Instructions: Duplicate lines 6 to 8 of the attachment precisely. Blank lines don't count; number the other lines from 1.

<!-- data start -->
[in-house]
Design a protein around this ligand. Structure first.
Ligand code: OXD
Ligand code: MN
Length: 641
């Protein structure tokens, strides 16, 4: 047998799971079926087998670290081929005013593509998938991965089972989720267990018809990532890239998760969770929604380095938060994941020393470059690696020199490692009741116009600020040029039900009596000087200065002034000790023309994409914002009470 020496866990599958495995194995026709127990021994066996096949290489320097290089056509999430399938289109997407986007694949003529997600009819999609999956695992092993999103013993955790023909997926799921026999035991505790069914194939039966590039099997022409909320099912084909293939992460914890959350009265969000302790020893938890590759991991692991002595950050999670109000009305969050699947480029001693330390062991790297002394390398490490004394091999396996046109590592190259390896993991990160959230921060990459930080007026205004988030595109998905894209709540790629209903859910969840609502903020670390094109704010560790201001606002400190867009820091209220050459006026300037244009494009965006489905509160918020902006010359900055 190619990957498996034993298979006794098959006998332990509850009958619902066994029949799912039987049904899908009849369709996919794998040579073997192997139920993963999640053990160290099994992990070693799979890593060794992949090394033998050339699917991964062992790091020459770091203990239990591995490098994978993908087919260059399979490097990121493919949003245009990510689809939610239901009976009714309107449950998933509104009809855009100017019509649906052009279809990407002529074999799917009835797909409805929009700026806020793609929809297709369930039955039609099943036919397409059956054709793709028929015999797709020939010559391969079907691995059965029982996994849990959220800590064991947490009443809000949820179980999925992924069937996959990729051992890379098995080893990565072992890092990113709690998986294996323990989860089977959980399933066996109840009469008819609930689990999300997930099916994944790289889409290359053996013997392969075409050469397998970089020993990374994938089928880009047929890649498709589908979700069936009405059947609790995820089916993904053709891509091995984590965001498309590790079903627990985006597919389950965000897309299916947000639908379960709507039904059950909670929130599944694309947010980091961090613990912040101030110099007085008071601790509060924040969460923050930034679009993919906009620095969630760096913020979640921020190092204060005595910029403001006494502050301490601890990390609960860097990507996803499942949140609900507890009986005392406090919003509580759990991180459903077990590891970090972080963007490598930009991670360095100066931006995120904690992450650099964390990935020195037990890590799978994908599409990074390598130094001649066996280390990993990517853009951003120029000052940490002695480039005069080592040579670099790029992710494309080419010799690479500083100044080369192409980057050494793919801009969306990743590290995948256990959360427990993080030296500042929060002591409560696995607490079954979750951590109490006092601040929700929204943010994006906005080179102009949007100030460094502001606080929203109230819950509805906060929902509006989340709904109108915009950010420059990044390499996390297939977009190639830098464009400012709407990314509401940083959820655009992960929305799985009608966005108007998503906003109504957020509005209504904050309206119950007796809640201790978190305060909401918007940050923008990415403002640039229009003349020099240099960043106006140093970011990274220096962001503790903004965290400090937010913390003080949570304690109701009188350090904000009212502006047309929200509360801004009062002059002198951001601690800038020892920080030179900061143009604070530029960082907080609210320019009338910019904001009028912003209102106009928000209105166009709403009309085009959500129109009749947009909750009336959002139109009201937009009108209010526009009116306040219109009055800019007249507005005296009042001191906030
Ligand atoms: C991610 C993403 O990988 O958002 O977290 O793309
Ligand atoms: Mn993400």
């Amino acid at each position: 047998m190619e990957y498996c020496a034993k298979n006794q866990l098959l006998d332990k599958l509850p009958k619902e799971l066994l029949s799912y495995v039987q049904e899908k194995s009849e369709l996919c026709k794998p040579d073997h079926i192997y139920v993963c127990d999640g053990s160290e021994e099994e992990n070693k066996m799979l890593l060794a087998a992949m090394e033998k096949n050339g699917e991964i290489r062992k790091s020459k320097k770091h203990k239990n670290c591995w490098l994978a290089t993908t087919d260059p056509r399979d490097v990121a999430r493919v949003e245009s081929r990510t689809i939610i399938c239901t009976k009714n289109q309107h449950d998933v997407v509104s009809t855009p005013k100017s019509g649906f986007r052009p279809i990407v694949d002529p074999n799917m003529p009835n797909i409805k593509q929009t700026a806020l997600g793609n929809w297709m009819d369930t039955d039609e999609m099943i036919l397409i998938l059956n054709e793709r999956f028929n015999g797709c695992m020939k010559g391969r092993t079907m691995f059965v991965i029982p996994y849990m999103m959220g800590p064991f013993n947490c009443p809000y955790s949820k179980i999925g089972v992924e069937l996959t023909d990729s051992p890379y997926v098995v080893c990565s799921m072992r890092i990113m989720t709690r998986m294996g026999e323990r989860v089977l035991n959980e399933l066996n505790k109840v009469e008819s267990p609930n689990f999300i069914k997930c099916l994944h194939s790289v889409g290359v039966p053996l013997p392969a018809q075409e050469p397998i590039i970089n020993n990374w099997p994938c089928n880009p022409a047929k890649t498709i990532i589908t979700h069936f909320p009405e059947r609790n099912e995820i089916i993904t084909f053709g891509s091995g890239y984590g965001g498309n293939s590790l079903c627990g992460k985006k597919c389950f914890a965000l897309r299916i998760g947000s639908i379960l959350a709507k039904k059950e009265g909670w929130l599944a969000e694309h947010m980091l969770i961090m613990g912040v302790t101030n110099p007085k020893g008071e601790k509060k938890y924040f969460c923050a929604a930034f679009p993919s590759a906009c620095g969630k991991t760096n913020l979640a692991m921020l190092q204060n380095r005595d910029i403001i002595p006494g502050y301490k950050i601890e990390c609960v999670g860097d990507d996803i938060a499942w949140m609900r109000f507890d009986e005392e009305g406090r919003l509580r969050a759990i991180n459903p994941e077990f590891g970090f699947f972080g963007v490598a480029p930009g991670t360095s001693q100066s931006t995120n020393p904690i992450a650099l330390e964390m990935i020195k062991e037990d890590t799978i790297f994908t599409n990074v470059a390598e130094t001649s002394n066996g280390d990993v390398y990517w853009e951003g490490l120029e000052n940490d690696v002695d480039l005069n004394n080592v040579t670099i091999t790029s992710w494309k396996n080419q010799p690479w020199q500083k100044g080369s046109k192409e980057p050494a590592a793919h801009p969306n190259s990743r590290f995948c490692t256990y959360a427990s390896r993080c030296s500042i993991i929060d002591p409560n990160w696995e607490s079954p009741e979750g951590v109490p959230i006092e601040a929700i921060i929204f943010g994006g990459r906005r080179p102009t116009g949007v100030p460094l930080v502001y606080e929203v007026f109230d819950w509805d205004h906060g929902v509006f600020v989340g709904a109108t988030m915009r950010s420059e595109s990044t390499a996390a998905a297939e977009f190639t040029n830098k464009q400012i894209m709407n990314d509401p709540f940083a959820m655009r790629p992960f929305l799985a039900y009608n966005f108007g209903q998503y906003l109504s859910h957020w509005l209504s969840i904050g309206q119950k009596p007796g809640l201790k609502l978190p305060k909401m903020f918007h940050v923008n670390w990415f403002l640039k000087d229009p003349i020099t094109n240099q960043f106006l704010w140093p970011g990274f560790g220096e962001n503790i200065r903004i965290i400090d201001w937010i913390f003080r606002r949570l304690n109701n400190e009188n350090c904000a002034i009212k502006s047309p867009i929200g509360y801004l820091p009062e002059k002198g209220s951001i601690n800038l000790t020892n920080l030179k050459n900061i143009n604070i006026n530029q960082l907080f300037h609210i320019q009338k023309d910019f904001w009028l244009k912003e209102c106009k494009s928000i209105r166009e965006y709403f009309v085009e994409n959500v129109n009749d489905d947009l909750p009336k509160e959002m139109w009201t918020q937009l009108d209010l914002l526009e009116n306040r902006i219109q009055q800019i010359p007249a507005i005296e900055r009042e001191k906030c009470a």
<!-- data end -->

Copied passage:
């Protein structure tokens, strides 16, 4: 047998799971079926087998670290081929005013593509998938991965089972989720267990018809990532890239998760969770929604380095938060994941020393470059690696020199490692009741116009600020040029039900009596000087200065002034000790023309994409914002009470 020496866990599958495995194995026709127990021994066996096949290489320097290089056509999430399938289109997407986007694949003529997600009819999609999956695992092993999103013993955790023909997926799921026999035991505790069914194939039966590039099997022409909320099912084909293939992460914890959350009265969000302790020893938890590759991991692991002595950050999670109000009305969050699947480029001693330390062991790297002394390398490490004394091999396996046109590592190259390896993991990160959230921060990459930080007026205004988030595109998905894209709540790629209903859910969840609502903020670390094109704010560790201001606002400190867009820091209220050459006026300037244009494009965006489905509160918020902006010359900055 190619990957498996034993298979006794098959006998332990509850009958619902066994029949799912039987049904899908009849369709996919794998040579073997192997139920993963999640053990160290099994992990070693799979890593060794992949090394033998050339699917991964062992790091020459770091203990239990591995490098994978993908087919260059399979490097990121493919949003245009990510689809939610239901009976009714309107449950998933509104009809855009100017019509649906052009279809990407002529074999799917009835797909409805929009700026806020793609929809297709369930039955039609099943036919397409059956054709793709028929015999797709020939010559391969079907691995059965029982996994849990959220800590064991947490009443809000949820179980999925992924069937996959990729051992890379098995080893990565072992890092990113709690998986294996323990989860089977959980399933066996109840009469008819609930689990999300997930099916994944790289889409290359053996013997392969075409050469397998970089020993990374994938089928880009047929890649498709589908979700069936009405059947609790995820089916993904053709891509091995984590965001498309590790079903627990985006597919389950965000897309299916947000639908379960709507039904059950909670929130599944694309947010980091961090613990912040101030110099007085008071601790509060924040969460923050930034679009993919906009620095969630760096913020979640921020190092204060005595910029403001006494502050301490601890990390609960860097990507996803499942949140609900507890009986005392406090919003509580759990991180459903077990590891970090972080963007490598930009991670360095100066931006995120904690992450650099964390990935020195037990890590799978994908599409990074390598130094001649066996280390990993990517853009951003120029000052940490002695480039005069080592040579670099790029992710494309080419010799690479500083100044080369192409980057050494793919801009969306990743590290995948256990959360427990993080030296500042929060002591409560696995607490079954979750951590109490006092601040929700929204943010994006906005080179102009949007100030460094502001606080929203109230819950509805906060929902509006989340709904109108915009950010420059990044390499996390297939977009190639830098464009400012709407990314509401940083959820655009992960929305799985009608966005108007998503906003109504957020509005209504904050309206119950007796809640201790978190305060909401918007940050923008990415403002640039229009003349020099240099960043106006140093970011990274220096962001503790903004965290400090937010913390003080949570304690109701009188350090904000009212502006047309929200509360801004009062002059002198951001601690800038020892920080030179900061143009604070530029960082907080609210320019009338910019904001009028912003209102106009928000209105166009709403009309085009959500129109009749947009909750009336959002139109009201937009009108209010526009009116306040219109009055800019007249507005005296009042001191906030
Ligand atoms: C991610 C993403 O990988 O958002 O977290 O793309
Ligand atoms: Mn993400």